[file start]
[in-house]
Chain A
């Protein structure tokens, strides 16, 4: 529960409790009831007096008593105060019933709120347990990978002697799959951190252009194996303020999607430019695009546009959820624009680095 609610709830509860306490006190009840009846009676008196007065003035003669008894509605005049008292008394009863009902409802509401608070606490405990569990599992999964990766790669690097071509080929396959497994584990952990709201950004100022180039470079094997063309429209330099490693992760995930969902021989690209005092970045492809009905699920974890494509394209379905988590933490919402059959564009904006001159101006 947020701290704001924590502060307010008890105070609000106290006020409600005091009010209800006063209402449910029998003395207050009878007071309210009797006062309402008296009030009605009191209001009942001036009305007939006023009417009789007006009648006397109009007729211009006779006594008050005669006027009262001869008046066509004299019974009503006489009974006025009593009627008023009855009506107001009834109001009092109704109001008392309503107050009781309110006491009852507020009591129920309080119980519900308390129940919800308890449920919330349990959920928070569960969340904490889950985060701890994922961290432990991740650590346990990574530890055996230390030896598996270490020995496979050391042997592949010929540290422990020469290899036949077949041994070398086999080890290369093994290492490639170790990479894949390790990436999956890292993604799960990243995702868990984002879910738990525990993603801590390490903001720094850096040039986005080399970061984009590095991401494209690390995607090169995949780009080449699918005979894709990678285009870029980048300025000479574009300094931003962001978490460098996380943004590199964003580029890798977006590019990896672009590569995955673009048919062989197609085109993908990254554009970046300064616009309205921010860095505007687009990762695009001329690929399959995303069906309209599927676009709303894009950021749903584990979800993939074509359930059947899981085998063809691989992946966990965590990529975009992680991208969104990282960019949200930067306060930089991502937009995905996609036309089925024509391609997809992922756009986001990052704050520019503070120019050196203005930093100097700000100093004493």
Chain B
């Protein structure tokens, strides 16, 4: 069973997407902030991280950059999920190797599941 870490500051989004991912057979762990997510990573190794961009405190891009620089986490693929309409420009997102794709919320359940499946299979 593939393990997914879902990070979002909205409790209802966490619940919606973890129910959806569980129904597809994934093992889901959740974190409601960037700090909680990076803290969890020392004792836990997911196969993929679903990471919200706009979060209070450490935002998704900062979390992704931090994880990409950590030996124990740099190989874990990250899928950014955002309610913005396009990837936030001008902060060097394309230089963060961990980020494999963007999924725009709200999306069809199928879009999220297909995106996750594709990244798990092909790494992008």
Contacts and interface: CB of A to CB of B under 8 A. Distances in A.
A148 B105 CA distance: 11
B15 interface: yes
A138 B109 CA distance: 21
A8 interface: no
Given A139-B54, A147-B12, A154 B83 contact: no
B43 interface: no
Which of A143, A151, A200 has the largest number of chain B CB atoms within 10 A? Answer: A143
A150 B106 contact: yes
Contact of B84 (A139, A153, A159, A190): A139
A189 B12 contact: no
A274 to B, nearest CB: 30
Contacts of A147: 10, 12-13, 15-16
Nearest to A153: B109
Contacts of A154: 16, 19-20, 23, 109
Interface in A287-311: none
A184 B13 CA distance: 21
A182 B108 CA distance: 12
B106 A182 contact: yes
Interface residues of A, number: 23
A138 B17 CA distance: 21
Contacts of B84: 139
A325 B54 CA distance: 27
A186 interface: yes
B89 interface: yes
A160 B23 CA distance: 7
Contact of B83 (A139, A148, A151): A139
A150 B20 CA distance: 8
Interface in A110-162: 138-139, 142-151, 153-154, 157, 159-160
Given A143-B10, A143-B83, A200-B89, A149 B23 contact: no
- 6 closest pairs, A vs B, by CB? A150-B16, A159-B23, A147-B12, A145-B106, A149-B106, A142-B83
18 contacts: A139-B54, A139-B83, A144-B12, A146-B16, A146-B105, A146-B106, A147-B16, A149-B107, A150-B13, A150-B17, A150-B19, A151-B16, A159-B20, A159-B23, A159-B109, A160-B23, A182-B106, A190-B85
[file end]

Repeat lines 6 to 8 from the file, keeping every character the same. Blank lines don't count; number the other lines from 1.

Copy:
Contacts and interface: CB of A to CB of B under 8 A. Distances in A.
A148 B105 CA distance: 11
B15 interface: yes